And then there was the National MS Society, which much to Miller's frustration has shied away from embracing or even seriously researching the efficacy of marijuana in addressing the symptoms of MS. "That was the best part of the whole trip for me," said Miller, "we really made a lot of progress there." The visit was not confrontational, Miller explained, but part of an effort to educate the groups' local chapters. "Seven or eight MS patients came and met with Washington office head Jeanne Angulo, and she was absolutely stunned by what she heard," he said. "She looked absolutely befuddled that she didn't know this already."

Miller and the patients are asking the National MS Society to engage in a dialogue with patients over medical marijuana and MS -- "they've never even asked us what we know" -- to address the incidence of "treatment failure" with cannabis, and to turn its attention to work done on cannabis and MS in England, where patients will soon be able to purchase a sublingual cannabis spray. The "treatment failure" request, Miller admitted, is a ploy to get the society to finally notice all the cases where cannabis actually helps relieve symptoms for MS patients.

Miller's hope is that Angulo, and other local society heads who are about to be visited by energized patients, will begin bothering the society about the issue. "We'd like to see this end up with a visit with National MS Society director Dr. Steven Rheingold," said Miller. "We need to make this personal with him."

Miller praised the National Organization for the Reform of Marijuana Laws ( for both its financial backing and its organizational assistance in Washington, and held out special kudos for Wisconsin patient Storck. "Gary was the hub of this," said Miller, "it couldn't have happened without him." The Project was also assisted by the Drug Policy Alliance's press office and a grant from the Tides Fund for Drug Policy Reform.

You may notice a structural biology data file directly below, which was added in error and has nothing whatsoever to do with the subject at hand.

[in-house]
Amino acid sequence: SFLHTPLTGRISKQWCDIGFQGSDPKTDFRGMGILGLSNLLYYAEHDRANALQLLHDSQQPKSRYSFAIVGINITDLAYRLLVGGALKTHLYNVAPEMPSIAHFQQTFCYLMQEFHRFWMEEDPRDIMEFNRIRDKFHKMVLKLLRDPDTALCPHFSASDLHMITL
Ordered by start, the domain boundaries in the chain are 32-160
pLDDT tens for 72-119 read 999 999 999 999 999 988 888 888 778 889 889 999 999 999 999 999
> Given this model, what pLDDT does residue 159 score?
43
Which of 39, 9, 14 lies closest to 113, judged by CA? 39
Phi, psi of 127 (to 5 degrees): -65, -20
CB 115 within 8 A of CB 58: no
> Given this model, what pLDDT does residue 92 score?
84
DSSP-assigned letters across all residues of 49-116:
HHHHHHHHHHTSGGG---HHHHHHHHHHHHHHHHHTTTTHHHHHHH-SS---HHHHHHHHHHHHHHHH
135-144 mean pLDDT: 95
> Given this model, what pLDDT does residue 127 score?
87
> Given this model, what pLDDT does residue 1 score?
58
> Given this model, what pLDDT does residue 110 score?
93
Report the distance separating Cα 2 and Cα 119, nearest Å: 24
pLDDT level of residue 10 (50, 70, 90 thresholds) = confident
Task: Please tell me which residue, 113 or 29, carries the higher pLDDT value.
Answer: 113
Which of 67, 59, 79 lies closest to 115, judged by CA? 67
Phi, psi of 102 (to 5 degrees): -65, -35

As for concrete results, Miller pointed to exposing a new group of powerful activists to the inner workings of the Capitol. "This was very empowering, they will be back, perhaps in smaller groups, but they will be back," he said. "And let's see if this resulted in any changes of mind or new sponsorships. We opened a lot of doors, but we need to see action. You don't know how well you did for awhile."

Visit to learn more about the Cheryl Miller Memorial Project. View pictures from the two days at and and and see for DRCNet's preview report on the event last week.

4. Hawaii Meth Mania: Drug Summit, Media Push Target "Ice"

Wednesday night, every television station in Hawaii turned its airwaves over to a documentary on "ice," as the Aloha State refers to the smoked methamphetamine popular there, followed by a statewide series of townhall-style meetings on the "ice menace." The collective examination of the state's methods of dealing with methamphetamine use was only the reprise for a more formal gathering last week, the Hawaii Ice Summit. And the summit in turn was preceded by months of increasingly shrill and ubiquitous mass media coverage of what it almost always referred to as the ice "epidemic."

But while the coverage was shrill, the problem is real, according not only to law enforcement and treatment professionals, but drug reformers and academic researchers as well. According to Dr. David Friar, an addiction psychiatrist working in the public sector in Honolulu who has tracked meth use in the islands, Hawaii ranks at the top when it comes to the stimulant. "Here, 44% of all arrestees test positive for meth," he told DRCNet. "This is the highest rate in the nation, although we also see high use in some areas on the mainland, San Diego and Kansas City, for example."

And methamphetamine abuse shows up in other indicators, as well, Friar said. "Meth is involved in 90% of Child Protective Service cases where children are removed from the home. Abuse and neglect rates are staggering. Roughly 50% of all ER visits are meth-connected -- the presentation often being of someone who is highly agitated, paranoid and violent, the so-called meth warrior," the researcher explained. "The fact that these folks are out there makes for a climate that feels less safe, on the roads for instance. Crime also has increased greatly in the past few years. Also there have been quite a few heinous violent high-profile crimes where the perpetrator was tested positive for meth."